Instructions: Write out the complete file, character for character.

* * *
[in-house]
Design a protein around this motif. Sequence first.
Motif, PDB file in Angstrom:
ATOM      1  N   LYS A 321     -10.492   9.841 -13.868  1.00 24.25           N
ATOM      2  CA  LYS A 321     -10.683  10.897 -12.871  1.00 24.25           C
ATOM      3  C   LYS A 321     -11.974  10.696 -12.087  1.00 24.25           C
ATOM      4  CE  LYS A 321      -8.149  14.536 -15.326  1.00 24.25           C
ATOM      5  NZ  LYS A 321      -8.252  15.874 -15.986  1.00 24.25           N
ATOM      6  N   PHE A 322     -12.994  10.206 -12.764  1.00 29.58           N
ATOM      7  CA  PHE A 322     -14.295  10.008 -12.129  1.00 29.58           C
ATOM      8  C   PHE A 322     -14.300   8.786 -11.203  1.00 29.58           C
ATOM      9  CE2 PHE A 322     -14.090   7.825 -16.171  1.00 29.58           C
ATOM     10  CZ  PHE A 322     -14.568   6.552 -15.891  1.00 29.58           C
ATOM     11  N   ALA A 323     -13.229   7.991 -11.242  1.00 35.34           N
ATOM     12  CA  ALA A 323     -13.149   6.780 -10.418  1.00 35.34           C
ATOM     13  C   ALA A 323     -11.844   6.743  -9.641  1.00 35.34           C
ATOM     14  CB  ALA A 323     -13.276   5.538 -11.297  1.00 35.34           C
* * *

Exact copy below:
[in-house]
Design a protein around this motif. Sequence first.
Motif, PDB file in Angstrom:
ATOM      1  N   LYS A 321     -10.492   9.841 -13.868  1.00 24.25           N
ATOM      2  CA  LYS A 321     -10.683  10.897 -12.871  1.00 24.25           C
ATOM      3  C   LYS A 321     -11.974  10.696 -12.087  1.00 24.25           C
ATOM      4  CE  LYS A 321      -8.149  14.536 -15.326  1.00 24.25           C
ATOM      5  NZ  LYS A 321      -8.252  15.874 -15.986  1.00 24.25           N
ATOM      6  N   PHE A 322     -12.994  10.206 -12.764  1.00 29.58           N
ATOM      7  CA  PHE A 322     -14.295  10.008 -12.129  1.00 29.58           C
ATOM      8  C   PHE A 322     -14.300   8.786 -11.203  1.00 29.58           C
ATOM      9  CE2 PHE A 322     -14.090   7.825 -16.171  1.00 29.58           C
ATOM     10  CZ  PHE A 322     -14.568   6.552 -15.891  1.00 29.58           C
ATOM     11  N   ALA A 323     -13.229   7.991 -11.242  1.00 35.34           N
ATOM     12  CA  ALA A 323     -13.149   6.780 -10.418  1.00 35.34           C
ATOM     13  C   ALA A 323     -11.844   6.743  -9.641  1.00 35.34           C
ATOM     14  CB  ALA A 323     -13.276   5.538 -11.297  1.00 35.34           C